MOTORISTS face a raft of new penalty point offences from early next year including a ban on illegal U-turns and stiff penalties for parents who refuse to strap their children into car seats.
Transport Minister Leo Varadkar plans to introduce 11 new offences, and higher penalties for 15 others including speeding, mobile phone use, non-wearing of seatbelts and failure to display an NCT certificate.
The move comes amid deep concern about the number of motorists being killed on the roads.
So far this year, 145 people have died – an increase of 18 on the same period in 2012.
The changes introduced in the Road Traffic (No 2) Bill 2013, published last night, give gardai a wide range of new sanctions to help reduce the carnage and punish the most dangerous drivers on the roads.
Some of the details were first revealed in October last year by the Irish Independent, and are set to become law by the end of the year.
They include new rules for learner drivers, who will be obliged to display an 'N' for 'novice' plate for the first two years after being awarded their full licence. They will also be put off the road if they reach six penalty points, compared with a threshold of 12 for other motorists.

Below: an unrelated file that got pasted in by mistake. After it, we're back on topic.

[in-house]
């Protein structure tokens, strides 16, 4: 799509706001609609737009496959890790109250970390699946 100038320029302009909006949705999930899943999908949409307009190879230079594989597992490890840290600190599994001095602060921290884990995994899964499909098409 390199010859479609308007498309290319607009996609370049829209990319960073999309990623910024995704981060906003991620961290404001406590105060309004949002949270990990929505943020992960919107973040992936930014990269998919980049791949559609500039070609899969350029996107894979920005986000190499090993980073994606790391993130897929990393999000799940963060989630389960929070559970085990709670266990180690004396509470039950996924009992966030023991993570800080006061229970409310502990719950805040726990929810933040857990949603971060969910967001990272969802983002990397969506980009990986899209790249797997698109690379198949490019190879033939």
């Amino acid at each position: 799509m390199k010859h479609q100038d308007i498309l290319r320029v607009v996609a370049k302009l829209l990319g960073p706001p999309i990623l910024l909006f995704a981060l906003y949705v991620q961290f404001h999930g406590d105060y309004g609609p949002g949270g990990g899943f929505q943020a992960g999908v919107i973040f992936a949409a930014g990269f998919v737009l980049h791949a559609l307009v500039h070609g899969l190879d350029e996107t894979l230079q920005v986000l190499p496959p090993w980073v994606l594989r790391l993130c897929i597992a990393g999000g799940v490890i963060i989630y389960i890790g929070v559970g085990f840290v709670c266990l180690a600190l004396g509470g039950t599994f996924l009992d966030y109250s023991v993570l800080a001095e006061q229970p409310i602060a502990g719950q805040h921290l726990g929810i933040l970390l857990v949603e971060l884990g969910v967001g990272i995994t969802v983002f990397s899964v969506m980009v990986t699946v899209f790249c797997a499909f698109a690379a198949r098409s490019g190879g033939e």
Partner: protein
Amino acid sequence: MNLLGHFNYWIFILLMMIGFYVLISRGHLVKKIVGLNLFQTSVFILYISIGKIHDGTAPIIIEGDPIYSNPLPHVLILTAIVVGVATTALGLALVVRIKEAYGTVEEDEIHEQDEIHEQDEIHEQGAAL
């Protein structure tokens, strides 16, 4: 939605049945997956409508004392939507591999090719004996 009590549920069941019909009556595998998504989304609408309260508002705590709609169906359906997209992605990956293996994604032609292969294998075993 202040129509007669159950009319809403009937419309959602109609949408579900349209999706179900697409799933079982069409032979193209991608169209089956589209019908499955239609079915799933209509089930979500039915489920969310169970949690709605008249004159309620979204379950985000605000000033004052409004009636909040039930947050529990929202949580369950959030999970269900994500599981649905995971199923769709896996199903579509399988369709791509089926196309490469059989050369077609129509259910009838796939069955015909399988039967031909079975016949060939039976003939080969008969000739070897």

They will also be obliged to undertake a certain amount of logged and recorded driving experience with a fully qualified motorist before taking their test, in addition to the mandatory 12 lessons with a qualified instructor already required.
For intoxicated drivers, gardai will be empowered to require them to undertake cognitive tests including walking in a straight line to determine their sobriety, the results of which will be admissible in evidence.
Blood samples can also be taken from unconscious or incapacitated drivers involved in serious collisions, with medical consent, with the results of the analysis revealed when the driver gives permission.
There are also changes to almost 30 penalty points offences, including failure to display a 'N' or 'L' plate attracting points, and a ban on U-turns. All three offences will incur two points, or four on conviction in court.
Mr Varadkar said the bill had been drafted in consultation with the Oireachtas Transport committee and road safety groups, and it was a "very important" measure to help reduce fatalities on the roads.
Last year, 161 people died on the roads compared with 415 in 2001. The drop was an "indication" that the public was taking road safety seriously.
"However, we cannot afford to be complacent," he said.
"Road traffic legislation needs constant improvement, and this bill will add significantly to the legislative underpinning of safety on our roads."
The increased penalties will be rolled out over 2014.